7 PM CDT Wednesday Update:
Tropical Storm Sally continues to make its way inland. As of 7 p.m. CDT, Sally was located across south central Alabama, with majority of the rain falling to the north and east of the system. Sally has weakened moving over land. Winds are now at 45 mph.
Coastal locations have received the most rainfall from Sally, as forecasted. The western panhandle of Florida and far southern Alabama has recorded at least 15 inches of rain. Radar estimates more than 25 inches in some locations, especially around Pensacola, FL. It’s possible that totals may be above 30 inches.
Sally will weaken further overnight to tropical depression status, but still provide heavy rainfall to Alabama, Georgia and the Carolinas as it moves northeast Thursday through Friday.
Much of central Georgia, South Carolina, North Carolina and southeast Virginia could see rainfall totals ranging from 2 inches at the least to more than seven inches. Flooding in the southeast still remains a high threat as Sally shifts northeast.
1 PM CDT Wednesday Update:
9 AM, Wednesday Update
Hurricane Sally is weakening. As of 9 AM, Sally was a Category 1 Hurricane with maximum sustained wind speeds of 85 mph after making landfall earlier in the morning as a Category 2 Hurricane. Maximum sustained wind speeds were estimated to be 105 when Sally made landfall.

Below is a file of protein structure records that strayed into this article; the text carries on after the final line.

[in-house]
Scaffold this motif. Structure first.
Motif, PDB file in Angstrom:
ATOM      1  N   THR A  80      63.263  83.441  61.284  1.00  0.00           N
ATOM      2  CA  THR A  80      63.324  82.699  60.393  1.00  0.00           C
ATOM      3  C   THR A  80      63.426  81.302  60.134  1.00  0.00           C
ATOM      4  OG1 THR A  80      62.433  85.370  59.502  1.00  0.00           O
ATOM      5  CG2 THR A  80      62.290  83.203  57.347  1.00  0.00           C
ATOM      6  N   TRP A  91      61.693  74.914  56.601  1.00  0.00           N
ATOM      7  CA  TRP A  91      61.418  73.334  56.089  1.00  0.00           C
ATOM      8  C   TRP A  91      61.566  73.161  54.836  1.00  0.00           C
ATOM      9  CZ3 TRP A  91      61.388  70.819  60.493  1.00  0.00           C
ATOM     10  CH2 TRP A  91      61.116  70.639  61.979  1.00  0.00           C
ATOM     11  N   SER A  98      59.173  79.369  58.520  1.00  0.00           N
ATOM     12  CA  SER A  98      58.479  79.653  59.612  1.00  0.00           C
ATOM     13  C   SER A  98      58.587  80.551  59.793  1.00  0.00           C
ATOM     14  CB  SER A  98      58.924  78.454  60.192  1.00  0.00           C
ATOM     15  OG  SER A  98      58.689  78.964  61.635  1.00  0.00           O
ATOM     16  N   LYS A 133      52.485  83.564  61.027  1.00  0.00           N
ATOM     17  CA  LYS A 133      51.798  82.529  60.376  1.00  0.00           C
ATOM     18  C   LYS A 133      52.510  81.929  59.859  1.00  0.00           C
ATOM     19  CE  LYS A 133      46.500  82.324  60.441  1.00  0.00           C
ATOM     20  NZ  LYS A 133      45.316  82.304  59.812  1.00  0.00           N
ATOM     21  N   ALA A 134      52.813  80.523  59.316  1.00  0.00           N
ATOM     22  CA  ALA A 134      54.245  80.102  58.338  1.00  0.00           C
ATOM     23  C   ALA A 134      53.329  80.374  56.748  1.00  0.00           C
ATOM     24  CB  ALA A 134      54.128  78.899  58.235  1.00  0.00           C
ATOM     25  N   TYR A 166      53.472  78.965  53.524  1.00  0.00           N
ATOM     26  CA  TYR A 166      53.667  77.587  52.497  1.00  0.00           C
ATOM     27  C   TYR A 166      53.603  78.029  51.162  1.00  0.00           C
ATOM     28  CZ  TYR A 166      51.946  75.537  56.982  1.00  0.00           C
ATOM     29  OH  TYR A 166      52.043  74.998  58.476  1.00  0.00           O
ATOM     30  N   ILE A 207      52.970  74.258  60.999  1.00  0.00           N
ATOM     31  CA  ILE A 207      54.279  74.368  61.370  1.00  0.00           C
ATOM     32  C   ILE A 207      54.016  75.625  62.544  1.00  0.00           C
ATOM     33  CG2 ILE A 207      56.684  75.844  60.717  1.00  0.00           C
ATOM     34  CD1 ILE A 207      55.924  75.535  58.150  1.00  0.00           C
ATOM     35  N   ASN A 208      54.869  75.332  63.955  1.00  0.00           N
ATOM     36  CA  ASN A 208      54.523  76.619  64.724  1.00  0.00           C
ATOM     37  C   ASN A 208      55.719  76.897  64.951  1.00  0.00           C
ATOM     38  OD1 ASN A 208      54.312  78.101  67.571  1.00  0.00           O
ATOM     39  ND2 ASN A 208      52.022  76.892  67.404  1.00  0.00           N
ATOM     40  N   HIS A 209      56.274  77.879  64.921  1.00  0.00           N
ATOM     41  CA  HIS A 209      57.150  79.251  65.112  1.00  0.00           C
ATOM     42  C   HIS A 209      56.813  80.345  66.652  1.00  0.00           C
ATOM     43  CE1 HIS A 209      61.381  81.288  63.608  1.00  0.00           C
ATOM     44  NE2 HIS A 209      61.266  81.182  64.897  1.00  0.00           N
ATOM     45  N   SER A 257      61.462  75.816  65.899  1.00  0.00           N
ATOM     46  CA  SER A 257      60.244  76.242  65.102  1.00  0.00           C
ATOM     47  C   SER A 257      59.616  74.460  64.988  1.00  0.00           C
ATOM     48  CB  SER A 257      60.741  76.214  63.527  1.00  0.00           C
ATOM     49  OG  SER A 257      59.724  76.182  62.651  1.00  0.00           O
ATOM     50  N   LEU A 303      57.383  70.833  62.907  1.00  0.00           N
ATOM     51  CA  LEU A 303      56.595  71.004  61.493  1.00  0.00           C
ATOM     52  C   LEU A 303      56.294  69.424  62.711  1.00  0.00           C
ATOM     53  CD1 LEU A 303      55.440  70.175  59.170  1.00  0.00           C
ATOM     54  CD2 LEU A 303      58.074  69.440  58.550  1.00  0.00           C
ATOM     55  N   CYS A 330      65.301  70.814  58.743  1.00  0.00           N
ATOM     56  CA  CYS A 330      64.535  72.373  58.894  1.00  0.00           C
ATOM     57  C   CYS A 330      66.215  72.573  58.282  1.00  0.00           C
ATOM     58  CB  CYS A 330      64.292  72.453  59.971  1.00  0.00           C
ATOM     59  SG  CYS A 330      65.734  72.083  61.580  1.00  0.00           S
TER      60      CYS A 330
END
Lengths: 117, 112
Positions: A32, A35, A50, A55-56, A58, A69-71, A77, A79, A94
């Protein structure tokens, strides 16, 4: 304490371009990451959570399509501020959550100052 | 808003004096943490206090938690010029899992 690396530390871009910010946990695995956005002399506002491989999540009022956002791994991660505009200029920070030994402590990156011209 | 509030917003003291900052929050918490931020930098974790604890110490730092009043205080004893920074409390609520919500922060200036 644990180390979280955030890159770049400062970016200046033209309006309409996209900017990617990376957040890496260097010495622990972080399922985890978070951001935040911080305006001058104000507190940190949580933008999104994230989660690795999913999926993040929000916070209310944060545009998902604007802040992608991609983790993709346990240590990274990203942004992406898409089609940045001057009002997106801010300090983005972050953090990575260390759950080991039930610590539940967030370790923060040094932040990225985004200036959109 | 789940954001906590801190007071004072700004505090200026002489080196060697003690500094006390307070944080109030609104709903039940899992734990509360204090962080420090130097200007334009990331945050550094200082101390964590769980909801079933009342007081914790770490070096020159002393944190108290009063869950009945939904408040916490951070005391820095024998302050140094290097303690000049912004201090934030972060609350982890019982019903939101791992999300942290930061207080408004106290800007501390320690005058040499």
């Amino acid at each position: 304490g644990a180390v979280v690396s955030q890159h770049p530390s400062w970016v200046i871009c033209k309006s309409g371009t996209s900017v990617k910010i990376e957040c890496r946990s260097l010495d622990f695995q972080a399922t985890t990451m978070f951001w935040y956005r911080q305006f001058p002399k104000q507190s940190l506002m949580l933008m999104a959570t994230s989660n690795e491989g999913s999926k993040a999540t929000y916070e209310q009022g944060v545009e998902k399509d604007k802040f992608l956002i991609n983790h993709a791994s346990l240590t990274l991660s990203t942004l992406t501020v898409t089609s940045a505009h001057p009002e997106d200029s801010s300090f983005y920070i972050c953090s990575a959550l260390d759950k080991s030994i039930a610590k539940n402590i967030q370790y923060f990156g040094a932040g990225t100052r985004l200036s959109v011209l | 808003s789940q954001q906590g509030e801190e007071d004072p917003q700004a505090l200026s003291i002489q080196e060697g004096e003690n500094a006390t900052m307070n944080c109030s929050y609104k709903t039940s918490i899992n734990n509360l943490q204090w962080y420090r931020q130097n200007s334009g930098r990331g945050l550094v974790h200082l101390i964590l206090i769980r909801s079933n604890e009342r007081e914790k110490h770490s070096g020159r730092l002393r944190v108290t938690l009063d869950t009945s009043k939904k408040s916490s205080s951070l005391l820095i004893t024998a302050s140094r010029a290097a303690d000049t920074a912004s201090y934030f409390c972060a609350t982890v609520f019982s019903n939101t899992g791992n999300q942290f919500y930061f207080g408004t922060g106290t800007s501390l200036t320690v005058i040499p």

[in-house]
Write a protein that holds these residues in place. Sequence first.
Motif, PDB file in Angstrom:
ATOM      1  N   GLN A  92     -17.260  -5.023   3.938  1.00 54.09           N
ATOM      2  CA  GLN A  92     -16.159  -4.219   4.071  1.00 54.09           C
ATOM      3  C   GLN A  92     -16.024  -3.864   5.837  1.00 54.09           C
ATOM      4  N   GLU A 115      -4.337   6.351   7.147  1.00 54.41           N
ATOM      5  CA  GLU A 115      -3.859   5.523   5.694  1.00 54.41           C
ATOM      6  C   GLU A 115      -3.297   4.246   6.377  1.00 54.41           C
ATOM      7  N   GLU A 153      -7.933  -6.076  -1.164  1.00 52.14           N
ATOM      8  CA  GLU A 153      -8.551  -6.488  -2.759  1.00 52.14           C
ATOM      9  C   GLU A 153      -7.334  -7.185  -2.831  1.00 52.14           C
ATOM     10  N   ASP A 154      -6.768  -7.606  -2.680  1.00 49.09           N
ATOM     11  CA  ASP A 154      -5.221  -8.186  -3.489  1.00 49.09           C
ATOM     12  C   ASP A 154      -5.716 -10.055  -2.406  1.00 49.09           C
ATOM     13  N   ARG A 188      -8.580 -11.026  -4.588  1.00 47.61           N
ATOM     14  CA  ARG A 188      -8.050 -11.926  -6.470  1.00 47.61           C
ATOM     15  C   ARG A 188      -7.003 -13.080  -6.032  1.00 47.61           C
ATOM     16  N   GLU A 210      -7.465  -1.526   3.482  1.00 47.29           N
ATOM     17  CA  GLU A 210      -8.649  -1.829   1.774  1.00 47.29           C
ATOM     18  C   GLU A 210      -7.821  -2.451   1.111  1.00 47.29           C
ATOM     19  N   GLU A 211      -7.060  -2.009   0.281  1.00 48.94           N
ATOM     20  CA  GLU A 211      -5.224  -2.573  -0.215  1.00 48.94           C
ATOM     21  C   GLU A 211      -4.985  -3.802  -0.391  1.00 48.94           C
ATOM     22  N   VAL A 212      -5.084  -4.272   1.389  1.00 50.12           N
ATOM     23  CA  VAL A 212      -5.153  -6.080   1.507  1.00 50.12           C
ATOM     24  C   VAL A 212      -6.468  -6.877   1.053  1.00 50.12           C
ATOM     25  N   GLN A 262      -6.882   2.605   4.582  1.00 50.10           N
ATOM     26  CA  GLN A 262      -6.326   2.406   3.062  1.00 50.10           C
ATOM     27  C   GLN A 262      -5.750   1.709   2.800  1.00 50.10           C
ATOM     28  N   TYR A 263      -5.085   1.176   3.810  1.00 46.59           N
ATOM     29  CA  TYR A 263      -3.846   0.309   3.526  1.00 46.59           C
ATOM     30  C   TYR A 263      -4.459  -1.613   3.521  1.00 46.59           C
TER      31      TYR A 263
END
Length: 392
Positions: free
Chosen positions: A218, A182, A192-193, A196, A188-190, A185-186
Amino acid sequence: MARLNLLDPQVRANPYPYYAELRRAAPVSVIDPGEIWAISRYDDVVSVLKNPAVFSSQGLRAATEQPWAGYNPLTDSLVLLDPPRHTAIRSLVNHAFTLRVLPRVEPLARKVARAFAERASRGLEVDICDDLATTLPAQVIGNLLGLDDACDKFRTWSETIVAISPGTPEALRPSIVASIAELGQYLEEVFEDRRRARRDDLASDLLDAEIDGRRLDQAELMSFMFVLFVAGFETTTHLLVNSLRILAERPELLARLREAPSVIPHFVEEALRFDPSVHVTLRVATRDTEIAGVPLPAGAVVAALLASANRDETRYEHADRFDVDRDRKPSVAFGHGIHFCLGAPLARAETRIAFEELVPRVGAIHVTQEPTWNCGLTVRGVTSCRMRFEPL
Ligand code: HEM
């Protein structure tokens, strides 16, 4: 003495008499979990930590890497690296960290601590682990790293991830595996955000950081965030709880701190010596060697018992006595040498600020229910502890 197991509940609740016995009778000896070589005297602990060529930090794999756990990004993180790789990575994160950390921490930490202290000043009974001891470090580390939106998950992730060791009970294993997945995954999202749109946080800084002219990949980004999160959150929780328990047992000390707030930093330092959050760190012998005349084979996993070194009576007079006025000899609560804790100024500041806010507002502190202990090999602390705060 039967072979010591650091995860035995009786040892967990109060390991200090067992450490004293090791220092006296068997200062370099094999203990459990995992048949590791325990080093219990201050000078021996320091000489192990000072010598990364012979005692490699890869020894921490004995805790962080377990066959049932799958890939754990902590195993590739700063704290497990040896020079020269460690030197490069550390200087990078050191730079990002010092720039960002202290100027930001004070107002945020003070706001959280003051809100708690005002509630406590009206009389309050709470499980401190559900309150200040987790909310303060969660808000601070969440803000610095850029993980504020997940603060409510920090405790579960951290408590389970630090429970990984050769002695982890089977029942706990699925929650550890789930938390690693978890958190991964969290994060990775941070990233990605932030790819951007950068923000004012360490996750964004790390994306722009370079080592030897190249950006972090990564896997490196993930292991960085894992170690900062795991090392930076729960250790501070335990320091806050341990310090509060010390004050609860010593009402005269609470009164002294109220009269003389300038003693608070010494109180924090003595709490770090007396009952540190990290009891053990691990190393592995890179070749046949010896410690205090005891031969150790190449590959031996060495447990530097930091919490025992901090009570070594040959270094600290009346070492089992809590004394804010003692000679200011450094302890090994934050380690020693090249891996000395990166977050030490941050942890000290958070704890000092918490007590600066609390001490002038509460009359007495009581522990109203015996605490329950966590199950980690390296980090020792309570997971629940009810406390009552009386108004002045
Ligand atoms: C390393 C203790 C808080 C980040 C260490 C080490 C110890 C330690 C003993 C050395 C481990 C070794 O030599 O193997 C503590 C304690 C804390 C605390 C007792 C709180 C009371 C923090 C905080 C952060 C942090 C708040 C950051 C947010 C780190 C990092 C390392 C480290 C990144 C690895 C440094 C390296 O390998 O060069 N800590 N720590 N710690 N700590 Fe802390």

While it is slow, Sally has begun to increase in forward speed. It has gone from 2 mph at landfall to 4 mph at 9 AM. This is typical when landfall occurs. Forward speed will continue to increase, and Sally will be moving to the northeast. Sally will likely be a tropical storm Wednesday afternoon and then a tropical depression Thursday.
Life-threatening flooding rains will continue Wednesday in the Florida Panhandle and in South Alabama. One to two feet of rain will be common. Some places will get more than two feet. Radar estimates that places just east of Pensacola have already received nearly two feet as of 9:30, Wednesday morning. Up to six more inches of rain may fall in the Florida Panhandle and South Alabama.
6 AM, Wednesday Update
Hurricane Sally made landfall at Gulf Shores, Alabama at 4:45 a.m., Wednesday morning. The National Hurricane Center estimates maximum wind speeds were at 105 mph at landfall. The storm should weaken Wednesday and Thursday. It will likely become a tropical storm Wednesday night and a tropical depression Thursday.
7 PM TUESDAY UPDATE – Sally continues crawling towards the Gulf Coast this evening as a Category 1 hurricane. The system last some strength since Monday night, but its impacts to the deep south will still be significant, historic and life-threatening.
At 7 p.m. CDT, Sally had maximum sustained winds of 80 mph and was moving north at 2 mph.
The National Weather Service is calling for historic rainfall and flooding along the Gulf Coast.
Since Sunday night, more than 10 inches of rain has fallen just west of Panama City, FL (according to radar estimated rainfall totals). More than 20 inches of rain has fallen out at sea.
Sally is forecast to make landfall late Wednesday morning into Wednesday afternoon just east of Mobile, AL. The system will then continue moving slowly northeast, producing heavy rainfall not only along the coast but stretching up through the Carolinas by the weekend.